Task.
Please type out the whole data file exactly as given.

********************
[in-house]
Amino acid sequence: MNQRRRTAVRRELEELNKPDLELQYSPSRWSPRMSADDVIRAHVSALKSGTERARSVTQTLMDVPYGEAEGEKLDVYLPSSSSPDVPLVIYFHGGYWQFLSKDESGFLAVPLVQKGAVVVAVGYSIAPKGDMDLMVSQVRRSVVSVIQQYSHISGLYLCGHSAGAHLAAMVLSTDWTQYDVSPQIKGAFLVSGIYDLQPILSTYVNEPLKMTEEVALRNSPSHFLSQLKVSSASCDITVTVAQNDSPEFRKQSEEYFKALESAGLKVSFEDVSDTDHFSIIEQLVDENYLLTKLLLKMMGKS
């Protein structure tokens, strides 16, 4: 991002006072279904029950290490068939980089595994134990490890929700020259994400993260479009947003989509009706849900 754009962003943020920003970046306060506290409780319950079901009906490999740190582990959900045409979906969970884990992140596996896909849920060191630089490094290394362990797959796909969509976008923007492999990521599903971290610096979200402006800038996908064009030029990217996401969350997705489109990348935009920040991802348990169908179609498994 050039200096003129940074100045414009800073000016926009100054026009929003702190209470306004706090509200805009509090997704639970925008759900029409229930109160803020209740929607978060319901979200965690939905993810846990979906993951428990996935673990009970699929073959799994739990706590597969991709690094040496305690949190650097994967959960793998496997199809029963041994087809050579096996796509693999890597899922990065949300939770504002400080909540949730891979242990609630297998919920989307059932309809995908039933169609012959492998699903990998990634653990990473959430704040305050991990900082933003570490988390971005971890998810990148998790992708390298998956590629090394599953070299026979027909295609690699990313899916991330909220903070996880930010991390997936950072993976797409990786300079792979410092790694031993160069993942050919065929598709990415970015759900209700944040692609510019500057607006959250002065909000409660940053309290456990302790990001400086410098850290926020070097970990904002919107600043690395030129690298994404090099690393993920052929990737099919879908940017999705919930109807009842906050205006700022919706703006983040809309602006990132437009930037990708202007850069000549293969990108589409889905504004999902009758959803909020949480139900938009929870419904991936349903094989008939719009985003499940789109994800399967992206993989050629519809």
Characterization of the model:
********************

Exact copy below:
[in-house]
Amino acid sequence: MNQRRRTAVRRELEELNKPDLELQYSPSRWSPRMSADDVIRAHVSALKSGTERARSVTQTLMDVPYGEAEGEKLDVYLPSSSSPDVPLVIYFHGGYWQFLSKDESGFLAVPLVQKGAVVVAVGYSIAPKGDMDLMVSQVRRSVVSVIQQYSHISGLYLCGHSAGAHLAAMVLSTDWTQYDVSPQIKGAFLVSGIYDLQPILSTYVNEPLKMTEEVALRNSPSHFLSQLKVSSASCDITVTVAQNDSPEFRKQSEEYFKALESAGLKVSFEDVSDTDHFSIIEQLVDENYLLTKLLLKMMGKS
């Protein structure tokens, strides 16, 4: 991002006072279904029950290490068939980089595994134990490890929700020259994400993260479009947003989509009706849900 754009962003943020920003970046306060506290409780319950079901009906490999740190582990959900045409979906969970884990992140596996896909849920060191630089490094290394362990797959796909969509976008923007492999990521599903971290610096979200402006800038996908064009030029990217996401969350997705489109990348935009920040991802348990169908179609498994 050039200096003129940074100045414009800073000016926009100054026009929003702190209470306004706090509200805009509090997704639970925008759900029409229930109160803020209740929607978060319901979200965690939905993810846990979906993951428990996935673990009970699929073959799994739990706590597969991709690094040496305690949190650097994967959960793998496997199809029963041994087809050579096996796509693999890597899922990065949300939770504002400080909540949730891979242990609630297998919920989307059932309809995908039933169609012959492998699903990998990634653990990473959430704040305050991990900082933003570490988390971005971890998810990148998790992708390298998956590629090394599953070299026979027909295609690699990313899916991330909220903070996880930010991390997936950072993976797409990786300079792979410092790694031993160069993942050919065929598709990415970015759900209700944040692609510019500057607006959250002065909000409660940053309290456990302790990001400086410098850290926020070097970990904002919107600043690395030129690298994404090099690393993920052929990737099919879908940017999705919930109807009842906050205006700022919706703006983040809309602006990132437009930037990708202007850069000549293969990108589409889905504004999902009758959803909020949480139900938009929870419904991936349903094989008939719009985003499940789109994800399967992206993989050629519809």
Characterization of the model: